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Newt Gingrich Criticized For Stance On Child Labor Laws

BOSTON (CBS) - He has promised to offer up some "extraordinarily radical proposals" in his campaign for president, perhaps none more radical than the one announced last month at Harvard's John F. Kennedy School of Government in Cambridge.

Former U.S. Speaker of the House Newt Gingrich suggested inner-city schoolchildren can best learn the value of a paycheck by maintaining their own buildings.

"Most of these schools ought to get rid of the unionized janitors, have one master janitor, and pay local students to take care of the school," Gingrich explained to a group of Harvard students and staff on November 18.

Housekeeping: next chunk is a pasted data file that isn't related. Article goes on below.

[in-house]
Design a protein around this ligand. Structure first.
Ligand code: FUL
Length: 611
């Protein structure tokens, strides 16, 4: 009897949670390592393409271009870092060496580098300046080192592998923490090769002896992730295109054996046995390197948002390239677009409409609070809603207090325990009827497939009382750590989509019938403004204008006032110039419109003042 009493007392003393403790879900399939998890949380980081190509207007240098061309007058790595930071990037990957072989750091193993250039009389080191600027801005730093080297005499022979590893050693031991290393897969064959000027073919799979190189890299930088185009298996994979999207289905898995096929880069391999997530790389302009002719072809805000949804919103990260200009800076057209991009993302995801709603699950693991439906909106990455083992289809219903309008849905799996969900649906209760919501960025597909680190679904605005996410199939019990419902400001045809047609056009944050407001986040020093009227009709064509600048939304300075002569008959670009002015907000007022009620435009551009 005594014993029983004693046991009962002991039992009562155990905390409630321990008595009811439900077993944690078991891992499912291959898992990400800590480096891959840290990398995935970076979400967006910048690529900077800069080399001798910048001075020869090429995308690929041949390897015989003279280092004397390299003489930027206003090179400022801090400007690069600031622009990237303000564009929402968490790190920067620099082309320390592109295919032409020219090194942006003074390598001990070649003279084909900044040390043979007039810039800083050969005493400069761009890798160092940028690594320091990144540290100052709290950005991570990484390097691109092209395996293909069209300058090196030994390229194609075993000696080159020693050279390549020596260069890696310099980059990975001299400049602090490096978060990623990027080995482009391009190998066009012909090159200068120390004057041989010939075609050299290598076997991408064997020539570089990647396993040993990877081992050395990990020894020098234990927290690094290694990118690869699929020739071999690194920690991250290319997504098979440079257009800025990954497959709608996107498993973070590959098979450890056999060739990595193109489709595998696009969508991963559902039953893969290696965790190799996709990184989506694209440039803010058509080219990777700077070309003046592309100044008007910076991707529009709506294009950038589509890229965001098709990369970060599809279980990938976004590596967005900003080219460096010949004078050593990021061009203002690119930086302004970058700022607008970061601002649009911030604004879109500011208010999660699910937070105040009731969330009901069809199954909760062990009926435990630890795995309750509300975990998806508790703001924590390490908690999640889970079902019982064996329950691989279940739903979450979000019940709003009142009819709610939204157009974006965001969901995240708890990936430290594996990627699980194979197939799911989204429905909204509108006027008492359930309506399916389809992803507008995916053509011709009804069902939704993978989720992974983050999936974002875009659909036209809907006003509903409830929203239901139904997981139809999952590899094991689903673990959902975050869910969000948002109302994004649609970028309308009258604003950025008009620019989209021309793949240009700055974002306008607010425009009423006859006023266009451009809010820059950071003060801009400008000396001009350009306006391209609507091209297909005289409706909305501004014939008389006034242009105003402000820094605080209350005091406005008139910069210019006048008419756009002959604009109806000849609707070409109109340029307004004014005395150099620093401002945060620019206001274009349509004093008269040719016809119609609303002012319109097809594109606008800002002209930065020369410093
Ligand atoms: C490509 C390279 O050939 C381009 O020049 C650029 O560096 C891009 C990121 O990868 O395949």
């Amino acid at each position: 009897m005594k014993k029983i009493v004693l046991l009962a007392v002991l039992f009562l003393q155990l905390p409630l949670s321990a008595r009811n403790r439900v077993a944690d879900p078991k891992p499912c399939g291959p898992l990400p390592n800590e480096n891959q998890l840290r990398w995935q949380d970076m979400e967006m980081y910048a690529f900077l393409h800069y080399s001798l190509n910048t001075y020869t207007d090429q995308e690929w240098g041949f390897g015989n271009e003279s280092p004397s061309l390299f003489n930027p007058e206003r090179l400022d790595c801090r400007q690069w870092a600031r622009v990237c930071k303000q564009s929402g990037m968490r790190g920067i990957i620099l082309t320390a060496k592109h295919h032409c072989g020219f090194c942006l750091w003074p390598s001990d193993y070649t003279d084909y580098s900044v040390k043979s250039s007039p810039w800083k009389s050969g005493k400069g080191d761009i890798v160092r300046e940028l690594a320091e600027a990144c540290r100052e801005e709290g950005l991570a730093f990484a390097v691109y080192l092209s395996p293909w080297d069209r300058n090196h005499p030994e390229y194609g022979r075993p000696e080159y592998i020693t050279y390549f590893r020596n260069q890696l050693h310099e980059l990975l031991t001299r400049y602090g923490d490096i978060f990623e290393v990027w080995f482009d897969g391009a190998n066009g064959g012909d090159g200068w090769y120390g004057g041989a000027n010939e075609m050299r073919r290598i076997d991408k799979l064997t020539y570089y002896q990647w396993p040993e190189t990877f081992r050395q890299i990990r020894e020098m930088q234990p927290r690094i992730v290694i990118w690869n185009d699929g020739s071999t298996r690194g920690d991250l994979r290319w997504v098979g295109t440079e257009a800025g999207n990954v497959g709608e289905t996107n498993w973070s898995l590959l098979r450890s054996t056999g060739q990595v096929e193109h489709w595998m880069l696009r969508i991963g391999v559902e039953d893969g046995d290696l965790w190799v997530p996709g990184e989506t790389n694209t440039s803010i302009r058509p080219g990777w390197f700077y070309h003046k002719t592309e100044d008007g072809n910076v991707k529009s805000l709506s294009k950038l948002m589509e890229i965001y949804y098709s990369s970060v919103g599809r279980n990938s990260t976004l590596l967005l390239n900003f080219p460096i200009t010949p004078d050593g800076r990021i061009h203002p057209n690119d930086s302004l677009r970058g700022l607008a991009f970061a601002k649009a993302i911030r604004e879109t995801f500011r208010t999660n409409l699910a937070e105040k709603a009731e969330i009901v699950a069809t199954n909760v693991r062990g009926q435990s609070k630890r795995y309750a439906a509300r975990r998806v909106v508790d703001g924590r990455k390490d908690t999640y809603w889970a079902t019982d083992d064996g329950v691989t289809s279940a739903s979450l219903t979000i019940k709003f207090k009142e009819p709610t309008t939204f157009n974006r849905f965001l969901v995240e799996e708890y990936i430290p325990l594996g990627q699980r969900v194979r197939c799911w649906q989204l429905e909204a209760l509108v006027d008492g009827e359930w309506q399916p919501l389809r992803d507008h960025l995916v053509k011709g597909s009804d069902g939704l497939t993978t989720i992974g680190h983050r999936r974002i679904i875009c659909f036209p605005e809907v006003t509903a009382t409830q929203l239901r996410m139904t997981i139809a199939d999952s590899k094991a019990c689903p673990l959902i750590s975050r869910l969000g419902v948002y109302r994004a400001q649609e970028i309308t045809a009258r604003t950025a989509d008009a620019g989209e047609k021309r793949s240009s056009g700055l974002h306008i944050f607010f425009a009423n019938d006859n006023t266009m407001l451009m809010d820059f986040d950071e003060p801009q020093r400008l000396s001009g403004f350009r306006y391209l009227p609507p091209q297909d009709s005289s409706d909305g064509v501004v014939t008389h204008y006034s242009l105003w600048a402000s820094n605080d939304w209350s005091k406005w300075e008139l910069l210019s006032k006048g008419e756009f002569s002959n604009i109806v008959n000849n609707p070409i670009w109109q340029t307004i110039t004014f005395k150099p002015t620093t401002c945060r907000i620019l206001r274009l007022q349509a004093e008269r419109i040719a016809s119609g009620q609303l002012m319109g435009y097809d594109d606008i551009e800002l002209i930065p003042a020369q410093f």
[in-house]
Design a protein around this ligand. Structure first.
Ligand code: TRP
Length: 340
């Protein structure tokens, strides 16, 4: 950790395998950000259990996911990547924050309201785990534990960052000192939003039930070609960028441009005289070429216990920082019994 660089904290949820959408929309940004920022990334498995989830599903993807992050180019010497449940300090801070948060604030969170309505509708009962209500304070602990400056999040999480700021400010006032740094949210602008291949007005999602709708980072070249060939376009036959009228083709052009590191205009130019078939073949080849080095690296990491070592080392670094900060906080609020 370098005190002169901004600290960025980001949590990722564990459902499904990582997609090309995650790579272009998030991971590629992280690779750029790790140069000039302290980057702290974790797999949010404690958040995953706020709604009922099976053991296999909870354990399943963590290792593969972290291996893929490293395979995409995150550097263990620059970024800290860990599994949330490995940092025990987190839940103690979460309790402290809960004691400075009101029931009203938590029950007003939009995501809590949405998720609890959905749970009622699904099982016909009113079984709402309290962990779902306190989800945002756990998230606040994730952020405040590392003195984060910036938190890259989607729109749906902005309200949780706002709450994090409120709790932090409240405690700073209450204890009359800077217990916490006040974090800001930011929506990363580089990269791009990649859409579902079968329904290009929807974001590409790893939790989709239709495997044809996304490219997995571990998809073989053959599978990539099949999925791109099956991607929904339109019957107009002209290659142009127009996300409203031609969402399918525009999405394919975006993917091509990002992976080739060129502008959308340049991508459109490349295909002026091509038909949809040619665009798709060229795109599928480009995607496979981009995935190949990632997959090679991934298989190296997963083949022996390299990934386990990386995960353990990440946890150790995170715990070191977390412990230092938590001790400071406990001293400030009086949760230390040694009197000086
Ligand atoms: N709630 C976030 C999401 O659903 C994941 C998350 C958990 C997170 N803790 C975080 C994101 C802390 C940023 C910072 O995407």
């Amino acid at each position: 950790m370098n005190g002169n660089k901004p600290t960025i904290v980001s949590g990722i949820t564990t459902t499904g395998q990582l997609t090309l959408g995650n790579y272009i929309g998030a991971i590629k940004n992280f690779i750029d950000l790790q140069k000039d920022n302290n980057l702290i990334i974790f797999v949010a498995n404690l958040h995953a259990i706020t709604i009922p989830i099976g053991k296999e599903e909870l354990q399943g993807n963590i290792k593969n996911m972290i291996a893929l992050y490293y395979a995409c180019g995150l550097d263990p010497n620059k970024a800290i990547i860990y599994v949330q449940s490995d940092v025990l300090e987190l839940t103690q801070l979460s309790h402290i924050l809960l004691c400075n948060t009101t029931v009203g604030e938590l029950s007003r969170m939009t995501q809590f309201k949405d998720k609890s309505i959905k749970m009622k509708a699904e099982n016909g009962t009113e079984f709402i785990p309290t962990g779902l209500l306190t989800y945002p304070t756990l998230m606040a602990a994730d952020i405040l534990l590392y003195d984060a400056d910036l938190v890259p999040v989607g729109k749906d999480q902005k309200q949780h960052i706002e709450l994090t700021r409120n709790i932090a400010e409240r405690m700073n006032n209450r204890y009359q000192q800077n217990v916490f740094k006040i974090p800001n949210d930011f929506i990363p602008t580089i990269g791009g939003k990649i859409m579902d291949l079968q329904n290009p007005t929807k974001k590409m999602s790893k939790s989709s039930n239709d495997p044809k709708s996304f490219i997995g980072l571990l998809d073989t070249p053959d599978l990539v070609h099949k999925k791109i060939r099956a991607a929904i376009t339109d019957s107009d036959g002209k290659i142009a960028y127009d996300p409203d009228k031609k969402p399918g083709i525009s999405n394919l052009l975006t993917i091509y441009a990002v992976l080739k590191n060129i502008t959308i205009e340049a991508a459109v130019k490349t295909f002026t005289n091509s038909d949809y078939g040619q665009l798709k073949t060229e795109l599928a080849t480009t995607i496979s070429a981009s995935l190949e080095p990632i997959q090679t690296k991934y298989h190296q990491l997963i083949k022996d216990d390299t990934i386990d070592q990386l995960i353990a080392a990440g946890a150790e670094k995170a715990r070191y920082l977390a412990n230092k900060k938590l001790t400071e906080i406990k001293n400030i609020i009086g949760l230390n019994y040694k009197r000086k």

WBZ-TV's Jim Armstrong reports

Over the past few days, with his lead in some polls growing, Gingrich has softened some of his language when talking about the proposal, but the core of his message has remained the same. He is trying to make the case that his plan teaches kids work habits they need to survive.

"We're looking for methods to help the poorest children in America," Gingrich said late last week. "We really want to create a pathway to work for people...When you have 43% black teenage unemployment, there's a very, very severe challenge in making sure people get the work habit and learn the skills and the requirements of being successful."

Gingrich has gotten some flak for these ideas. The Associated Press reports that today he clarified an earlier remark about nine-year-olds doing the dirty work. "I do not suggest children until about 14 or 15 years of age do heavy, dangerous janitorial work," the presidential candidate told reporters. "On the other hand, there are a number of things done to clean buildings that are not heavy or dangerous."

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